"I became so thin and drugged up that one of the guys who lived in his house asked my parents to fetch me. He was worried that I might die in the crack house – it became too risky for them."
At her parents' house, her health improved and she started a small business. But she never considered quitting everything and continued to use marijuana, alcohol and occasionally other drugs. She believed that she was in control as long as she avoided crack or cocaine.
Things changed for the worse when she met a drug dealer and moved to Amsterdam where she went back to using cocaine and party drugs.
"He was very wealthy and I was attracted to the lifestyle, the VIP club lists and jetsetting. I didn't realise what I was getting myself into - it all seemed like fun and games and I thought that all young adults aspired to this lifestyle. I had a false sense of popularity and it was great having a crowd of people around me. Now I know they were only after the drugs.
"I still believed I was in control as long as I never took something hectic. But then I decided to try heroin. That is when I found my euphoria. It felt peaceful, calm, warm, fab. That ultimately became my drug of choice for almost 10 years. I sometimes used heroin on its own, sometimes I mixed it with cocaine."
Fooling men and myself
On her return to South Africa, her drug use continued and she became involved in several relationships.
"I was attracted to glamorous, powerful, wealthy men. I lived a luxurious life and didn't have to work. To cut to the chase: I was whoring myself actually. I didn't see myself that way though.
"They were all strong men who had control, which I didn't have myself. I allowed them to control me so that I didn't have to take responsibility for my own life and actions. I said to myself: I'm okay because I'm involved with a successful man.
"I was a chameleon. I camouflaged myself into the personality I had to become in order to hide the extent of my addiction. I would decide how much I would let them in. With one boyfriend I could get away with just snorting cocaine and would hide heroin. With another I could only smoke marijuana and had to hide heroin and cocaine."
"The lifestyle I led made my drugging okay. You see, addiction is a 'yet' disease. I'm not an addict because:
I've never stolen from my parents - yet
I've never been found with a needle stuck in my arm - yet
I've never ended up as a street worker in Green Point - yet
I've never been destitute - yet
I'm not a junkie - yet
"Problem is, addiction is a progressive disease, no matter what your background is and where you come from. I still classified myself as a classy addict. It is human nature to compare yourself with the worst: 'I'm not that bad, therefore I can carry on drugging'. I allowed my denial to convince me that it was still okay to use and to minimise the extent of my addiction. It doesn't matter what your drug of choice is, it is about losing control over your life."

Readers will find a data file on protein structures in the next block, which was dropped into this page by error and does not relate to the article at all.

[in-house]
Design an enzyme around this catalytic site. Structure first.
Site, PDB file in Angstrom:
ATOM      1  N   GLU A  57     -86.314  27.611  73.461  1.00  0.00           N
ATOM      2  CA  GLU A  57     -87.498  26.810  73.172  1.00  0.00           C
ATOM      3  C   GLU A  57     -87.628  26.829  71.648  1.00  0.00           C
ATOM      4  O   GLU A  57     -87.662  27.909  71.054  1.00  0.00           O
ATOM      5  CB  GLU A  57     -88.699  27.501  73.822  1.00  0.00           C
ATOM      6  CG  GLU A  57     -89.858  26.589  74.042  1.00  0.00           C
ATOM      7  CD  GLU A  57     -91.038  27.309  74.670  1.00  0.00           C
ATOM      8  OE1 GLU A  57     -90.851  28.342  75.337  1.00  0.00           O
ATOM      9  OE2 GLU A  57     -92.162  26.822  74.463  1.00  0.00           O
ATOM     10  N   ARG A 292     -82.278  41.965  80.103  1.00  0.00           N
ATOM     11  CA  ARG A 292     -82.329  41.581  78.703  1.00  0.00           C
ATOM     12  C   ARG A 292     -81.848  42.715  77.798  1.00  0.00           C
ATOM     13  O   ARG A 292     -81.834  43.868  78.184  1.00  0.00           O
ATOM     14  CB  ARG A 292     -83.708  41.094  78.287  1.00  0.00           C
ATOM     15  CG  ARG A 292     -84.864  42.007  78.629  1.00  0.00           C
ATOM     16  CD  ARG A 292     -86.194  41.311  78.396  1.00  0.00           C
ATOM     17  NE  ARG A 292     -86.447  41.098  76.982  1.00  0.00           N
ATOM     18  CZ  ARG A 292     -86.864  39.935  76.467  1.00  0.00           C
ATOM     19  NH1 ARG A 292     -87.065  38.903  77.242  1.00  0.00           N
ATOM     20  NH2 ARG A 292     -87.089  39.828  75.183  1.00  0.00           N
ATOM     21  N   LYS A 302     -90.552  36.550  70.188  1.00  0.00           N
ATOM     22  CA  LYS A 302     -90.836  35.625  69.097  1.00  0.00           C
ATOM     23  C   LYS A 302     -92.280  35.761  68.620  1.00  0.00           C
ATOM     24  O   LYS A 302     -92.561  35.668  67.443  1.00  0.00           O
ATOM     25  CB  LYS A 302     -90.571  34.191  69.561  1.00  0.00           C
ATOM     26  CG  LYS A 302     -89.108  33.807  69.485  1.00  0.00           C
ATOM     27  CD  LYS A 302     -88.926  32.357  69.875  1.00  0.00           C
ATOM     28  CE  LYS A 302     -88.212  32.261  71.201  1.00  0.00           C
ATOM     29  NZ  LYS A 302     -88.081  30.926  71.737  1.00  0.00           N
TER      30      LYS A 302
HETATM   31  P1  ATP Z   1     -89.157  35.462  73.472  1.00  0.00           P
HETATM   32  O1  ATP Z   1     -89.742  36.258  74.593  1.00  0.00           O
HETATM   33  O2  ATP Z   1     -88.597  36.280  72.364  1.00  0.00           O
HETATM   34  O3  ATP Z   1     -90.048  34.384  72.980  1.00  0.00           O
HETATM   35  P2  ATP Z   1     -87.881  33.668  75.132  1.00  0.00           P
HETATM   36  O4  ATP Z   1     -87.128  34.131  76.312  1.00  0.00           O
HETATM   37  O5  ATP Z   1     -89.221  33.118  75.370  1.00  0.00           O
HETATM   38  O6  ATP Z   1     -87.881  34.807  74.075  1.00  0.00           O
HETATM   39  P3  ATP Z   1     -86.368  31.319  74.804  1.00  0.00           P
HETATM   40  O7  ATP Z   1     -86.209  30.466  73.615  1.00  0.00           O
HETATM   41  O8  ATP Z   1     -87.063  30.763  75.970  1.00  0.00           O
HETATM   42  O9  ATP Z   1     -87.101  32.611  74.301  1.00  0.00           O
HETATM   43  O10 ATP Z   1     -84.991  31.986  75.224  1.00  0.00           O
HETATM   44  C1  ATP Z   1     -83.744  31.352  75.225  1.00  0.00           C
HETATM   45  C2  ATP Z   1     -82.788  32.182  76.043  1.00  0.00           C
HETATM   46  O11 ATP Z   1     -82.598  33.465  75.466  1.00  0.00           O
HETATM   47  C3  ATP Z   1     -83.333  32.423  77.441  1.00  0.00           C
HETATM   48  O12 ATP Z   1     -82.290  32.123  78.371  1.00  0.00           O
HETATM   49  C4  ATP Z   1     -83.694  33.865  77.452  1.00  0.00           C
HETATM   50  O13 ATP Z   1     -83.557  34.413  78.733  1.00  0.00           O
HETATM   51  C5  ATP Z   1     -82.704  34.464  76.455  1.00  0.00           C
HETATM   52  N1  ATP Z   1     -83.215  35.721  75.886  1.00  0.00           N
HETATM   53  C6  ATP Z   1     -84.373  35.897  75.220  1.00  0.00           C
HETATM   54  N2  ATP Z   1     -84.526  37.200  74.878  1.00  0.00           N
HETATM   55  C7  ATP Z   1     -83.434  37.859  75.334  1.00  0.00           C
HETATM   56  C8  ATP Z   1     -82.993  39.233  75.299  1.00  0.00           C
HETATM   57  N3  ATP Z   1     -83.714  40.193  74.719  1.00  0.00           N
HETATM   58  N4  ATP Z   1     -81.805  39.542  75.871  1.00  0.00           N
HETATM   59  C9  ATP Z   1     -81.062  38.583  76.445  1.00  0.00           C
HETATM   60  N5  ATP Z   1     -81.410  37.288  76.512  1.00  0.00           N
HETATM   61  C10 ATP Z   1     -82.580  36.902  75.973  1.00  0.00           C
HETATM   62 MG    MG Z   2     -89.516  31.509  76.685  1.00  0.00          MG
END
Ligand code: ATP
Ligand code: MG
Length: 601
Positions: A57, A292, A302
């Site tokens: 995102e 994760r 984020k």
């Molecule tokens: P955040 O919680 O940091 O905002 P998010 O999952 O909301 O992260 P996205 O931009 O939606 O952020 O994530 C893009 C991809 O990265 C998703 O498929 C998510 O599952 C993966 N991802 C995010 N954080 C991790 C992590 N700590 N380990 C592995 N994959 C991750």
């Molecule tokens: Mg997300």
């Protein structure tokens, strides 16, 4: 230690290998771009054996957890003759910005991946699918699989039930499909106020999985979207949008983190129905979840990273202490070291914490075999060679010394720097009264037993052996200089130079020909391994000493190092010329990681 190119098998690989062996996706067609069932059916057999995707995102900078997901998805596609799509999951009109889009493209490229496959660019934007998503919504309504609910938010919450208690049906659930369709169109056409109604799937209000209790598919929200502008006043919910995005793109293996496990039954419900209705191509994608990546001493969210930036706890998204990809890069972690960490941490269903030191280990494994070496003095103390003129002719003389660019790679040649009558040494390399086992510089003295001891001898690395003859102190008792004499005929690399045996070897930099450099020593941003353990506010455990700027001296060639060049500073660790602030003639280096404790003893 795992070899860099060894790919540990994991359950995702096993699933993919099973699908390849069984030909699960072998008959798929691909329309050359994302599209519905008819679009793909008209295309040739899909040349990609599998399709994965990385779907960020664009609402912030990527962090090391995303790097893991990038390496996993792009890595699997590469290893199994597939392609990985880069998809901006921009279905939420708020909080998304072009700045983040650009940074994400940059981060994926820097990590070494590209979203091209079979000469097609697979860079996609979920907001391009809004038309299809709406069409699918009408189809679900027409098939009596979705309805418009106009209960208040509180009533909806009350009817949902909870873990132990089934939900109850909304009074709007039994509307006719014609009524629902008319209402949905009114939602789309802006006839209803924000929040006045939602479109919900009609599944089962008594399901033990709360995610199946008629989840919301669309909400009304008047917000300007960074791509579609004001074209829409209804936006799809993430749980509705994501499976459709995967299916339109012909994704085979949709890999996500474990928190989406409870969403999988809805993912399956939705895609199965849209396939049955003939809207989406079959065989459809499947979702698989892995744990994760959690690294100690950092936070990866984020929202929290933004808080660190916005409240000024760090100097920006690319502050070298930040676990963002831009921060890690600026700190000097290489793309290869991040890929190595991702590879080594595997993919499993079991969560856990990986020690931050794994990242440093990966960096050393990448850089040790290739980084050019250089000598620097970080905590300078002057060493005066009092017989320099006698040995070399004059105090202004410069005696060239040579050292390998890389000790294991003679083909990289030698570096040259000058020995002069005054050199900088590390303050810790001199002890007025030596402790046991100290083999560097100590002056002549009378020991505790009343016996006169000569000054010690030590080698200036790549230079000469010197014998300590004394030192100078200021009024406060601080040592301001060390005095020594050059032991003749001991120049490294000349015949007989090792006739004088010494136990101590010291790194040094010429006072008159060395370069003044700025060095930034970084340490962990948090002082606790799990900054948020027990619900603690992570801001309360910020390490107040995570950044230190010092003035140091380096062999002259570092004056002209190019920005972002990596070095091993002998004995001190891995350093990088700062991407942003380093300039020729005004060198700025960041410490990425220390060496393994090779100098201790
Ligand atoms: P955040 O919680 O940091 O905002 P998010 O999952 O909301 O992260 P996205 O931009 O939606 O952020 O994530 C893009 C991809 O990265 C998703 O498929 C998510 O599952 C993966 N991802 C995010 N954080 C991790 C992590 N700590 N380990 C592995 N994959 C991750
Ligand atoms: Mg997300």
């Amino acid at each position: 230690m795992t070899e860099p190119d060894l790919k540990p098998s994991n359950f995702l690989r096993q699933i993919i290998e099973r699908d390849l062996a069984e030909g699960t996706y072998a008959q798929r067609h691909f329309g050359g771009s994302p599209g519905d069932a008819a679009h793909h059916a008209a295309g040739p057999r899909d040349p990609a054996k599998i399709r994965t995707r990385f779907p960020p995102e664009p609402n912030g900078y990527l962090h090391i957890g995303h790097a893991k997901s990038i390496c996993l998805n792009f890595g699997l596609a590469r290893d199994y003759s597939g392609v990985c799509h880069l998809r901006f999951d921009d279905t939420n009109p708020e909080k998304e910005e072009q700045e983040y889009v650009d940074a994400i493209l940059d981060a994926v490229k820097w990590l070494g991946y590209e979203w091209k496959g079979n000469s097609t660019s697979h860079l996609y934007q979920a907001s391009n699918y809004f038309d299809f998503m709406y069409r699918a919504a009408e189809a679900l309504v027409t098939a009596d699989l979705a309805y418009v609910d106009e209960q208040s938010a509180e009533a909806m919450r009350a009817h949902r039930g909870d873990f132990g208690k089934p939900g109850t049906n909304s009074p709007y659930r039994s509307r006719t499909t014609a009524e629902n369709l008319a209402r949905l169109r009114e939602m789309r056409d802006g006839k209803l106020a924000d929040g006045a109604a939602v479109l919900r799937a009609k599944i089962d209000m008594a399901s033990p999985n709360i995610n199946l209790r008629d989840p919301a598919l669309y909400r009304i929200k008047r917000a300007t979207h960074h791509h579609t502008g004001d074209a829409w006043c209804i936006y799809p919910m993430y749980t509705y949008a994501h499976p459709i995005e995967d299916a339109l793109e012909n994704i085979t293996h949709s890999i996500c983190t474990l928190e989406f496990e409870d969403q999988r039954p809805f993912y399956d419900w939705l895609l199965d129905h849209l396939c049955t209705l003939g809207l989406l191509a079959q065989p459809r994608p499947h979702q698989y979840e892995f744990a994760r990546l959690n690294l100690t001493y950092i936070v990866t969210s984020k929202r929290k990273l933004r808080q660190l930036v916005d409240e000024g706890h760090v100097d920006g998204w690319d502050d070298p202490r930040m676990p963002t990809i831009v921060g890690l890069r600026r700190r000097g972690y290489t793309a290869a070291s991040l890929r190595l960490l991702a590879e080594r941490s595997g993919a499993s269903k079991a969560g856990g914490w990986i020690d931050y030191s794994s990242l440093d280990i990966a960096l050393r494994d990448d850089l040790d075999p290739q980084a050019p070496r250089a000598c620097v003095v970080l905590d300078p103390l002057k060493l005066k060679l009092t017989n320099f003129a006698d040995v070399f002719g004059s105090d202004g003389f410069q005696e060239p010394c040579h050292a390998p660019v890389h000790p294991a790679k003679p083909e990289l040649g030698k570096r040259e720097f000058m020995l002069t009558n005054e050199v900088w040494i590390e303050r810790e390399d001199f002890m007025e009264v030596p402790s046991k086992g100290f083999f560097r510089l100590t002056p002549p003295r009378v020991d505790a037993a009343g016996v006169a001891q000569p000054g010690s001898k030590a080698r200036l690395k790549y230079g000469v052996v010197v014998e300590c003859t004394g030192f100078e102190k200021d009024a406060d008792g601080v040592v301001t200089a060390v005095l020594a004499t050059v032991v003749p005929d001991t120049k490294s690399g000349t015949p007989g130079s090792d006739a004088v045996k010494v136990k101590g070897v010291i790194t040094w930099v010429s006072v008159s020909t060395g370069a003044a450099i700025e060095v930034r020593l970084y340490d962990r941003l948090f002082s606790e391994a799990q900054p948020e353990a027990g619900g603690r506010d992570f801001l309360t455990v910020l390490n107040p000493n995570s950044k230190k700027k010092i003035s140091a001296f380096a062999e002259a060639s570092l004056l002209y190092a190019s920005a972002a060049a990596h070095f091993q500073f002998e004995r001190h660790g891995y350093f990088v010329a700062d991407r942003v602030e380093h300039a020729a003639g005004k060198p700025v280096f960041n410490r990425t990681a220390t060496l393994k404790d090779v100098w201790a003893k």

Down and out
Sam refers to her addiction as a "vicious cycle of destruction into hell". The cycle included several bad experiences such as witnessing someone die of a drug overdose, shooting at someone, driving while psychotic and crashing cars, and becoming involved in drug smuggling.
Her physical health deteriorated during those years: she became emaciated and dehydrated, would go days without sleep, neglected her hygiene and developed several ailments. She describes herself as being a ghost in her own body.
"Heroin makes you delusional. I felt invincible and powerful and cool, and because it dilates your pupils, you think you look beautiful, just magnificent."
Sam gradually became so dependent on heroin that she couldn't get out of bed without having a hit. At the height of her addiction, she experienced tactile hallucinations of insects crawling under her skin and would scratch herself until she bled. She would then pour peroxide onto her wounds in order to disinfect them.
She met her husband six years ago. In a bid to make him fall in love with her, she went onto what she calls her "maintenance programme". This meant that she scaled down her drug-taking to the extent that she could continue with it, but at a level that allowed her to hide it sufficiently.
"Although he was already a recovering alcoholic at the time, he was ignorant about drugs and didn't have a clue what the signs were. He knew that I smoked marijuana but I hid the other drugs from him. When I used heroin, I told him that I had been taking Myprodol; when I used coke, I said it was Bioplus. I was a good little actress and got away with it."
She fell pregnant a year into the relationship and gave up all drugs except marijuana. Two months after her daughter was born, she was back to using cocaine and heroin.
A year later, things had deteriorated to the extent that she could no longer fool her husband.